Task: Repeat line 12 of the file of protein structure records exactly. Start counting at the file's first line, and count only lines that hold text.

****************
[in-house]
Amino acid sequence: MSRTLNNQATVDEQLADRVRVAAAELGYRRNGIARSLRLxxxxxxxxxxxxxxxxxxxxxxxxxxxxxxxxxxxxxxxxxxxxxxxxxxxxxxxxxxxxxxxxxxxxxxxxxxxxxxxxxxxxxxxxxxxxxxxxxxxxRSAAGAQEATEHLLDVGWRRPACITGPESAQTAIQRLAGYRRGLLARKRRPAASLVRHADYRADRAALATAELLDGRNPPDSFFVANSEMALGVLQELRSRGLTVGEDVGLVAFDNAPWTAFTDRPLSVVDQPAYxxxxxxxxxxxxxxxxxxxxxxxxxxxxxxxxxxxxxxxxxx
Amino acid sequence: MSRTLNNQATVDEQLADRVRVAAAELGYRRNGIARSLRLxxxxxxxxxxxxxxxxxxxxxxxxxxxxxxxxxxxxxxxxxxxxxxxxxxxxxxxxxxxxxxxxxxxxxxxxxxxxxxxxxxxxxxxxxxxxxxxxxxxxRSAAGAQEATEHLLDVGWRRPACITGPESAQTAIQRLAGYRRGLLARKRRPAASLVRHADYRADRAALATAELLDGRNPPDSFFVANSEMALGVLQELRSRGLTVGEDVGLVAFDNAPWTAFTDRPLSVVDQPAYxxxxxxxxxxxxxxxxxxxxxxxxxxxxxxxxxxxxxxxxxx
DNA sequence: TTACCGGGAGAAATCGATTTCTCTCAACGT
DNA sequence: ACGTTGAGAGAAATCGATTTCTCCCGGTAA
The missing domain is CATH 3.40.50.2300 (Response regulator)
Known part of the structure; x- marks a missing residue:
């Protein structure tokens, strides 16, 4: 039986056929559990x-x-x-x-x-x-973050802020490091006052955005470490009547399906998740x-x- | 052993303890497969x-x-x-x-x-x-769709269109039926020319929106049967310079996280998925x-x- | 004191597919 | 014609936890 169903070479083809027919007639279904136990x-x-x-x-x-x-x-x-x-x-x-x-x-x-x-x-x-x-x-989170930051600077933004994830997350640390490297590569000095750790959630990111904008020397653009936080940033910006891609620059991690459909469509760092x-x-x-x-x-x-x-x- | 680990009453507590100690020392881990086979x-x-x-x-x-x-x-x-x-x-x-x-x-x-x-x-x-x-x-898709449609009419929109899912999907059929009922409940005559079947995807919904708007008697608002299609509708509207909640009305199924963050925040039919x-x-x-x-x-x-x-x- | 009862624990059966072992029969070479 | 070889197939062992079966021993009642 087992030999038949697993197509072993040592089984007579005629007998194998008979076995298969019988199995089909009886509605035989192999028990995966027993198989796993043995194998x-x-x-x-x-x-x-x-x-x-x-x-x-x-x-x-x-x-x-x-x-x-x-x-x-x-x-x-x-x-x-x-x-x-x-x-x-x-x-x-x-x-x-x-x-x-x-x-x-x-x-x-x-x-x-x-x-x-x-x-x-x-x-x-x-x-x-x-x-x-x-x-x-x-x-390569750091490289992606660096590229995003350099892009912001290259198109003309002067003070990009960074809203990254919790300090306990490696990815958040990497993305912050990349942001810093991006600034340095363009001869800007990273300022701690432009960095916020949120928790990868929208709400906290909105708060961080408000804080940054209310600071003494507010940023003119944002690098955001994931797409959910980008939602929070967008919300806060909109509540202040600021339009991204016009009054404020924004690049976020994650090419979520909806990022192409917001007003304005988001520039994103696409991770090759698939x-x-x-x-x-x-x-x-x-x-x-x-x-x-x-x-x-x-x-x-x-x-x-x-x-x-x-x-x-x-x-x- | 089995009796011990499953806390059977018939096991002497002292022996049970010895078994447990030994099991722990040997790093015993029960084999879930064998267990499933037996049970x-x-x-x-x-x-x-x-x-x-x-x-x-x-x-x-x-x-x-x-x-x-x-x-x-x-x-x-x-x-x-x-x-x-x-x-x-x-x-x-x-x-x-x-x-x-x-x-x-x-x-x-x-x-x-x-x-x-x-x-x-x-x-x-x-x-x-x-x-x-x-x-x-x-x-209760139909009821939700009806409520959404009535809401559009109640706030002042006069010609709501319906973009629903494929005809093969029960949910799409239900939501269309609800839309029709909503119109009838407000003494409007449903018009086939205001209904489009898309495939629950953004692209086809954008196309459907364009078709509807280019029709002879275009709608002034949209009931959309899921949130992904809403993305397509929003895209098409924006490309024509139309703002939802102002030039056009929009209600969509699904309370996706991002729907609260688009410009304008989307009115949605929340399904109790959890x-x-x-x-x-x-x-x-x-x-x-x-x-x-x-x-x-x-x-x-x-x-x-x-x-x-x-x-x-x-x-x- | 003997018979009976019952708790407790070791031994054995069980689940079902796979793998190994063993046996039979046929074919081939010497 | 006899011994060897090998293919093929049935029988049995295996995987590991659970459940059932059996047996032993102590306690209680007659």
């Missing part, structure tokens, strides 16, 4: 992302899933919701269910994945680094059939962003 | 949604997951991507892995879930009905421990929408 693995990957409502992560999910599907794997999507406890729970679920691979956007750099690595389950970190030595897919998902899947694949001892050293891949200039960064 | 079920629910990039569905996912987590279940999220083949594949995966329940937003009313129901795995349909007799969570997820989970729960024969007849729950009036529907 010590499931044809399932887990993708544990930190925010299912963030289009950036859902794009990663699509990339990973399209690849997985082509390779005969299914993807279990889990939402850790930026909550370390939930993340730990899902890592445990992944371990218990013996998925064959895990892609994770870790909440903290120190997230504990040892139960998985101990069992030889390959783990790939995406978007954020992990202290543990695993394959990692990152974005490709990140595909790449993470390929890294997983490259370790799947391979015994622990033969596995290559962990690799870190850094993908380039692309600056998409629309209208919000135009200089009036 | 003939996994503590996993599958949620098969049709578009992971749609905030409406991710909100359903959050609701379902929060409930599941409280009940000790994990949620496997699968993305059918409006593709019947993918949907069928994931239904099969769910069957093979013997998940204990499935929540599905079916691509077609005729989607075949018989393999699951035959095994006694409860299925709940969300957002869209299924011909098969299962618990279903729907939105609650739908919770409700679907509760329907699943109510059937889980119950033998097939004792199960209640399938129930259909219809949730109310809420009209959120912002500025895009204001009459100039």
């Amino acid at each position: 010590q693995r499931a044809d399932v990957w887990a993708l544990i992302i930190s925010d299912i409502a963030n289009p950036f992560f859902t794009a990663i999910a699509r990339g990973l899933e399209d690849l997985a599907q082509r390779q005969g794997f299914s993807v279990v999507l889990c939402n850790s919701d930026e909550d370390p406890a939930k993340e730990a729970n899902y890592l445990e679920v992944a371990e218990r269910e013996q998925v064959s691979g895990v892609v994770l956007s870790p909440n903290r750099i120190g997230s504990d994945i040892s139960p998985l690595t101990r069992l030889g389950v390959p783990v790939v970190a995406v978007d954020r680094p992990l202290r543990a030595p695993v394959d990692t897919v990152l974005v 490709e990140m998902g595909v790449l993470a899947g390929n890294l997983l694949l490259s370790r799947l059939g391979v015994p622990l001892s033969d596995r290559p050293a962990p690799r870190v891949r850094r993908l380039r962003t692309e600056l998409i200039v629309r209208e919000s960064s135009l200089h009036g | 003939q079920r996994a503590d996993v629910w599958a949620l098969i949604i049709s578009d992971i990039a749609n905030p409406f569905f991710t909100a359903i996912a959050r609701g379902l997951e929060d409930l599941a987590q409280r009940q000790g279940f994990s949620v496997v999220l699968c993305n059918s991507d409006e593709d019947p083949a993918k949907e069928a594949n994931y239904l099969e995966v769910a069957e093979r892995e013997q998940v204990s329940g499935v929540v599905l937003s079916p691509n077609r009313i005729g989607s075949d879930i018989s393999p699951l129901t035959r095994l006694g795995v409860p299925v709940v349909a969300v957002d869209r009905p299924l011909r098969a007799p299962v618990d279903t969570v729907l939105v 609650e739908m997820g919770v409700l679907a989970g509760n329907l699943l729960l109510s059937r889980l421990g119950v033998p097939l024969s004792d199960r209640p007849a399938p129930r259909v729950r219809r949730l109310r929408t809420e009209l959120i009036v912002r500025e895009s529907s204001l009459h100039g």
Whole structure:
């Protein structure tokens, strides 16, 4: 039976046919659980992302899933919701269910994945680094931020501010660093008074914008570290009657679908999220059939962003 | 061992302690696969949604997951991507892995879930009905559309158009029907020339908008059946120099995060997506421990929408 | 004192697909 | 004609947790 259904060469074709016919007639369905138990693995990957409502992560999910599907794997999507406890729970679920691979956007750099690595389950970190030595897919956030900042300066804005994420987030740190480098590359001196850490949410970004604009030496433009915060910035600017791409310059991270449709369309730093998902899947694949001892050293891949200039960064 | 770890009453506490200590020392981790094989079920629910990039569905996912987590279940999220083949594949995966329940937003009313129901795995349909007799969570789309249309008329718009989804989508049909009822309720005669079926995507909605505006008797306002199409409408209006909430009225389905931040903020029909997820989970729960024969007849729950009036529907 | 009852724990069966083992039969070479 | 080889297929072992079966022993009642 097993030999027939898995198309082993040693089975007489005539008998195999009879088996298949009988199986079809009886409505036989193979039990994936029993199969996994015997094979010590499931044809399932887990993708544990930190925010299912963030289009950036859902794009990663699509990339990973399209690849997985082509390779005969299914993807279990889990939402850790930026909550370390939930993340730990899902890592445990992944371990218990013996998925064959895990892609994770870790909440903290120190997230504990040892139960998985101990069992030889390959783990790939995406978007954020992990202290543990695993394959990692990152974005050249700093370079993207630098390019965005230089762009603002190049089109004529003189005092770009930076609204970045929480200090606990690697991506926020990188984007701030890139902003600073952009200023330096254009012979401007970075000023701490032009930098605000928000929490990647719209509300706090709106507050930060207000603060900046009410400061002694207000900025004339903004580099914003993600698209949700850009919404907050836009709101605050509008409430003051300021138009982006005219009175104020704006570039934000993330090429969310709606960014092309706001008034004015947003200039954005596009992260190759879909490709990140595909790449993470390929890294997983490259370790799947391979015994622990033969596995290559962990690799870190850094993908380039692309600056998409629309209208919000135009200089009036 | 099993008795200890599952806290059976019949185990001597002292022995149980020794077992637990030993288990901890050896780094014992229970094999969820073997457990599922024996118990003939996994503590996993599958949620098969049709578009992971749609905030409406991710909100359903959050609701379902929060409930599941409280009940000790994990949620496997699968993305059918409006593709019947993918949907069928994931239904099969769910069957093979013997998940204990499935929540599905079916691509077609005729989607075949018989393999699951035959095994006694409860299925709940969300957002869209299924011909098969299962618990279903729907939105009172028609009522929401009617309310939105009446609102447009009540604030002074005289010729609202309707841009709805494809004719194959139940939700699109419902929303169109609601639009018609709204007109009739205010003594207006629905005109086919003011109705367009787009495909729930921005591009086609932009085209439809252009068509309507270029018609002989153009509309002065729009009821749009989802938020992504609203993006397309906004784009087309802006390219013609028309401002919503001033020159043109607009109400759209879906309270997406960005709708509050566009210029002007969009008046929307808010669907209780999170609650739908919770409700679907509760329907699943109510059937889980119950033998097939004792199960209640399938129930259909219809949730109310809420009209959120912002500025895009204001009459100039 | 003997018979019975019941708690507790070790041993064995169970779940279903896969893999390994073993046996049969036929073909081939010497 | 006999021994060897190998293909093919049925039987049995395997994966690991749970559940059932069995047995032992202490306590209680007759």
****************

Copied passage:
């Protein structure tokens, strides 16, 4: 039976046919659980992302899933919701269910994945680094931020501010660093008074914008570290009657679908999220059939962003 | 061992302690696969949604997951991507892995879930009905559309158009029907020339908008059946120099995060997506421990929408 | 004192697909 | 004609947790 259904060469074709016919007639369905138990693995990957409502992560999910599907794997999507406890729970679920691979956007750099690595389950970190030595897919956030900042300066804005994420987030740190480098590359001196850490949410970004604009030496433009915060910035600017791409310059991270449709369309730093998902899947694949001892050293891949200039960064 | 770890009453506490200590020392981790094989079920629910990039569905996912987590279940999220083949594949995966329940937003009313129901795995349909007799969570789309249309008329718009989804989508049909009822309720005669079926995507909605505006008797306002199409409408209006909430009225389905931040903020029909997820989970729960024969007849729950009036529907 | 009852724990069966083992039969070479 | 080889297929072992079966022993009642 097993030999027939898995198309082993040693089975007489005539008998195999009879088996298949009988199986079809009886409505036989193979039990994936029993199969996994015997094979010590499931044809399932887990993708544990930190925010299912963030289009950036859902794009990663699509990339990973399209690849997985082509390779005969299914993807279990889990939402850790930026909550370390939930993340730990899902890592445990992944371990218990013996998925064959895990892609994770870790909440903290120190997230504990040892139960998985101990069992030889390959783990790939995406978007954020992990202290543990695993394959990692990152974005050249700093370079993207630098390019965005230089762009603002190049089109004529003189005092770009930076609204970045929480200090606990690697991506926020990188984007701030890139902003600073952009200023330096254009012979401007970075000023701490032009930098605000928000929490990647719209509300706090709106507050930060207000603060900046009410400061002694207000900025004339903004580099914003993600698209949700850009919404907050836009709101605050509008409430003051300021138009982006005219009175104020704006570039934000993330090429969310709606960014092309706001008034004015947003200039954005596009992260190759879909490709990140595909790449993470390929890294997983490259370790799947391979015994622990033969596995290559962990690799870190850094993908380039692309600056998409629309209208919000135009200089009036 | 099993008795200890599952806290059976019949185990001597002292022995149980020794077992637990030993288990901890050896780094014992229970094999969820073997457990599922024996118990003939996994503590996993599958949620098969049709578009992971749609905030409406991710909100359903959050609701379902929060409930599941409280009940000790994990949620496997699968993305059918409006593709019947993918949907069928994931239904099969769910069957093979013997998940204990499935929540599905079916691509077609005729989607075949018989393999699951035959095994006694409860299925709940969300957002869209299924011909098969299962618990279903729907939105009172028609009522929401009617309310939105009446609102447009009540604030002074005289010729609202309707841009709805494809004719194959139940939700699109419902929303169109609601639009018609709204007109009739205010003594207006629905005109086919003011109705367009787009495909729930921005591009086609932009085209439809252009068509309507270029018609002989153009509309002065729009009821749009989802938020992504609203993006397309906004784009087309802006390219013609028309401002919503001033020159043109607009109400759209879906309270997406960005709708509050566009210029002007969009008046929307808010669907209780999170609650739908919770409700679907509760329907699943109510059937889980119950033998097939004792199960209640399938129930259909219809949730109310809420009209959120912002500025895009204001009459100039 | 003997018979019975019941708690507790070790041993064995169970779940279903896969893999390994073993046996049969036929073909081939010497 | 006999021994060897190998293909093919049925039987049995395997994966690991749970559940059932069995047995032992202490306590209680007759």